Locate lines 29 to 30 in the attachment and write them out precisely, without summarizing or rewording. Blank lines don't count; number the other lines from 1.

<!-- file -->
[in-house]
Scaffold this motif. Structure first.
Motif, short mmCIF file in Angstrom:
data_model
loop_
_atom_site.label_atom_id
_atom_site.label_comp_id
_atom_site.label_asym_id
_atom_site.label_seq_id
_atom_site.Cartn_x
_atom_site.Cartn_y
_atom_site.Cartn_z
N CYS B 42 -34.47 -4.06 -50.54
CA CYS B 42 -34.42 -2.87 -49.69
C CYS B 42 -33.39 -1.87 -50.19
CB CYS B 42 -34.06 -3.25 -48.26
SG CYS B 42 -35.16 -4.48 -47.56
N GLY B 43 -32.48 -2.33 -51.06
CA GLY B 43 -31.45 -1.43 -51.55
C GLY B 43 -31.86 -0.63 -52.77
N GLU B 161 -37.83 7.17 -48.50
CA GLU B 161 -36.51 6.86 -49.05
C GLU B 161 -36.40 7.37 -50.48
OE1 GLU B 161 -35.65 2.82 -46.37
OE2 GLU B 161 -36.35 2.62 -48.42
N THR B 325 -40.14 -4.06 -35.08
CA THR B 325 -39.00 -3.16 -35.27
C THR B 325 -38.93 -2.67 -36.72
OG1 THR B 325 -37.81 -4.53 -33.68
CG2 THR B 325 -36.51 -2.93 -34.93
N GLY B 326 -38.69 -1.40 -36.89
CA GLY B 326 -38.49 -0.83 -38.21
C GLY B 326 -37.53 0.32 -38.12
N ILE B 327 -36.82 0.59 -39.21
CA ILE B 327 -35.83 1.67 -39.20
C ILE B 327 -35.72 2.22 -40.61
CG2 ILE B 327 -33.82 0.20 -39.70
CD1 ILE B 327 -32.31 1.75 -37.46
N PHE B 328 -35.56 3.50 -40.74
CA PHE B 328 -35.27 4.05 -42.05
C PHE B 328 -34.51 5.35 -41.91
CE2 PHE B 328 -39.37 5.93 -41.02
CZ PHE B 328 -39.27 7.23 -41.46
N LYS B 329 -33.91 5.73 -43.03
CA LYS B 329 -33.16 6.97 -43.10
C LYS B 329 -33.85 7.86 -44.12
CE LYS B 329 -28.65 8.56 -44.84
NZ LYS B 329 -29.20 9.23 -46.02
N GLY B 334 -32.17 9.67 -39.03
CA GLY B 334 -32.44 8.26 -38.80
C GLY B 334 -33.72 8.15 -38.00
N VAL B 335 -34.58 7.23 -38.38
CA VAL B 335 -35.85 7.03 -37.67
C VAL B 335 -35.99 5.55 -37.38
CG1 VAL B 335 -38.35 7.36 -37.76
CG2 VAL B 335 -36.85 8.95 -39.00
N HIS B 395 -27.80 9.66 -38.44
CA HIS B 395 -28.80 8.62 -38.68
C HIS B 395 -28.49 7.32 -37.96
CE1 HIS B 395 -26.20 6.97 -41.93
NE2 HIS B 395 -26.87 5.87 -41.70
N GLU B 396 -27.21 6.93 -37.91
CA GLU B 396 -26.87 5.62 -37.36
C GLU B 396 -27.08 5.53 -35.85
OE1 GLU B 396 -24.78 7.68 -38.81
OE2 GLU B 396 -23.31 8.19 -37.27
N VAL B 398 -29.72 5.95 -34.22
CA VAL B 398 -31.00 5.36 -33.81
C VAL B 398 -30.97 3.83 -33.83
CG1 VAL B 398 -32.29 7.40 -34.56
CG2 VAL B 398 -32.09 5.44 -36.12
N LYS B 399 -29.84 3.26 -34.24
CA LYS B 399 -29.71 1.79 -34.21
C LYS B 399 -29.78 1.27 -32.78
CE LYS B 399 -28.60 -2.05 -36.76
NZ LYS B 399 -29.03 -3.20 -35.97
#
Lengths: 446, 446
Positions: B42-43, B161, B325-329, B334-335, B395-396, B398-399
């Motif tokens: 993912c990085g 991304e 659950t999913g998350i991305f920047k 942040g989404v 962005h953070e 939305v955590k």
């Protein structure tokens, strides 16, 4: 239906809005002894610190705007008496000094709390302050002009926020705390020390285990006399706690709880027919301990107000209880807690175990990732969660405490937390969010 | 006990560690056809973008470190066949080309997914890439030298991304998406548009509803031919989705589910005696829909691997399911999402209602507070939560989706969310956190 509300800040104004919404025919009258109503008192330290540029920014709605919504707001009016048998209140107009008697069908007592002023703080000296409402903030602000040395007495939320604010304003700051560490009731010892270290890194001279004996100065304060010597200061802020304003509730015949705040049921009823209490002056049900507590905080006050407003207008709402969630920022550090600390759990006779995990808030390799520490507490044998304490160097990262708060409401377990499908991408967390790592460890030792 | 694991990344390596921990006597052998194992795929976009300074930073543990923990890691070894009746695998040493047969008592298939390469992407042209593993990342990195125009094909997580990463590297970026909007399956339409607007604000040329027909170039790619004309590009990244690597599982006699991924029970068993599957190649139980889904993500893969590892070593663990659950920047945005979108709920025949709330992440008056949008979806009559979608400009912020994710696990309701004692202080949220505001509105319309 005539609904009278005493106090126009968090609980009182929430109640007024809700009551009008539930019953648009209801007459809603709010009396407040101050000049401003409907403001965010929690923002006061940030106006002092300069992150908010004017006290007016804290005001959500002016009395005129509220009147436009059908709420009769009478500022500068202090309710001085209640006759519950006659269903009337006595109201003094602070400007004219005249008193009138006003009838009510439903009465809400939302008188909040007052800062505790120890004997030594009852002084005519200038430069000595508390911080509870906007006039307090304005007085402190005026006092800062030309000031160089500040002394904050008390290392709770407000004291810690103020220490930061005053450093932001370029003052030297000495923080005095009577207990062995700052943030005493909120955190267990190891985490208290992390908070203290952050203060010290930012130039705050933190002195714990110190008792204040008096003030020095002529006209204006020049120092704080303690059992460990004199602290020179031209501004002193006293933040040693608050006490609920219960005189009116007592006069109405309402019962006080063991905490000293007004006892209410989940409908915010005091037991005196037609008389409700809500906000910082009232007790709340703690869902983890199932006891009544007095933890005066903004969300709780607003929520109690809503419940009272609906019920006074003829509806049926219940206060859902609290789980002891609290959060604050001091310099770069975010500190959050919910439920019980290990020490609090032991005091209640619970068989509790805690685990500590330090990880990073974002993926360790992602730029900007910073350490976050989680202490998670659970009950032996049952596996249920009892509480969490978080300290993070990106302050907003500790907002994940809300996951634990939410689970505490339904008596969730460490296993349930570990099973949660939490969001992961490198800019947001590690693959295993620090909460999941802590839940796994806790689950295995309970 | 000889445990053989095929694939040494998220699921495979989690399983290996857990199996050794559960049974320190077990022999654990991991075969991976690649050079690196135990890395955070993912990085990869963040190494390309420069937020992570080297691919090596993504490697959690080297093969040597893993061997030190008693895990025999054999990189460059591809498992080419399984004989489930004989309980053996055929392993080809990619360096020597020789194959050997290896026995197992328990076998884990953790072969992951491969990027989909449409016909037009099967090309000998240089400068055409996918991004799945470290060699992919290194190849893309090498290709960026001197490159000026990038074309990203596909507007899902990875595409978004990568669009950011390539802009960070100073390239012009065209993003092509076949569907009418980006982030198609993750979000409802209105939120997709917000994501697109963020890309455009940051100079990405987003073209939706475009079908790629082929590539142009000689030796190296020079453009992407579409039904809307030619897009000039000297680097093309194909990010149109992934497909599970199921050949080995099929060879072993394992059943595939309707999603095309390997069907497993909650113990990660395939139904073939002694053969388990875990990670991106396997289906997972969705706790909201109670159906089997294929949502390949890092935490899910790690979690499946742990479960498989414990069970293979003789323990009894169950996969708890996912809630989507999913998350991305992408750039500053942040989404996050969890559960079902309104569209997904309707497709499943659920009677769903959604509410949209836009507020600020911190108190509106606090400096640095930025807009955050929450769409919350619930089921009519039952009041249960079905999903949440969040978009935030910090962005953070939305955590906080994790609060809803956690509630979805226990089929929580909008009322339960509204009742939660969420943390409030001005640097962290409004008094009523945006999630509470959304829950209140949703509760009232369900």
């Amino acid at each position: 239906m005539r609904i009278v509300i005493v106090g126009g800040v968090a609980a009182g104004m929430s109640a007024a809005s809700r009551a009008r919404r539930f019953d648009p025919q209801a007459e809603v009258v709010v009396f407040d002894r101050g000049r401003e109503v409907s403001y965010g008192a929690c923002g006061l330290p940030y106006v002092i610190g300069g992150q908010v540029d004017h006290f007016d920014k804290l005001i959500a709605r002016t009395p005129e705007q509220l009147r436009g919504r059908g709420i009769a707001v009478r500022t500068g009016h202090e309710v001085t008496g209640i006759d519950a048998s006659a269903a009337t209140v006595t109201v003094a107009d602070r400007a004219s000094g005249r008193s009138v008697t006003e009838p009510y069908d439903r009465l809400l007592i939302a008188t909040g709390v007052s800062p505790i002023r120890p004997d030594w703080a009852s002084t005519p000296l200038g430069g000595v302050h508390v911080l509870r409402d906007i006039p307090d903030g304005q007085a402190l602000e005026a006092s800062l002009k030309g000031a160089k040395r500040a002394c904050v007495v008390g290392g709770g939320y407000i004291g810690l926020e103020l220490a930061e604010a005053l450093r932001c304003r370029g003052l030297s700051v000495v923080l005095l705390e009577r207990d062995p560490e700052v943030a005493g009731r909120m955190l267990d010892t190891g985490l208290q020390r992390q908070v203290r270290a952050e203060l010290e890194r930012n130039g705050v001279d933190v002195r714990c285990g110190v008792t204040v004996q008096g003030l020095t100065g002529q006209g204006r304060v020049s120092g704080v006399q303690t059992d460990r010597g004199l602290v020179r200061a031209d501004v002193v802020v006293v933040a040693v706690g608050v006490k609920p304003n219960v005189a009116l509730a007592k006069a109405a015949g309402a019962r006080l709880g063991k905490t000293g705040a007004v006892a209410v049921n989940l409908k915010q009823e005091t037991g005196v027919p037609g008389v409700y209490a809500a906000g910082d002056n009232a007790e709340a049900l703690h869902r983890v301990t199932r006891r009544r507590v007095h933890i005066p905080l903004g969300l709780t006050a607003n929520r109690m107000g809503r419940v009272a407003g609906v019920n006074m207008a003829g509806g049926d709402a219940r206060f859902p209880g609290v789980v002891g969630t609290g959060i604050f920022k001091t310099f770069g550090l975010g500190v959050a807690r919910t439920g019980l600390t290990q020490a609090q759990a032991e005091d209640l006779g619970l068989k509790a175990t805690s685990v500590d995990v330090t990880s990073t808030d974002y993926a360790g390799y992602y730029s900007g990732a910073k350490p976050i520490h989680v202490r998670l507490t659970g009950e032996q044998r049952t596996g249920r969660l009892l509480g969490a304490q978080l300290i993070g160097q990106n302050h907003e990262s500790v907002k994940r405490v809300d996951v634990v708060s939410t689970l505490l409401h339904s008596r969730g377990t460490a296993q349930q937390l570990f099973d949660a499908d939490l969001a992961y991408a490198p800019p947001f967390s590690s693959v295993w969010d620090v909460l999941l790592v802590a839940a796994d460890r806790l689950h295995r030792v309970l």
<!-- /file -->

OG1 THR B 325 -37.81 -4.53 -33.68
CG2 THR B 325 -36.51 -2.93 -34.93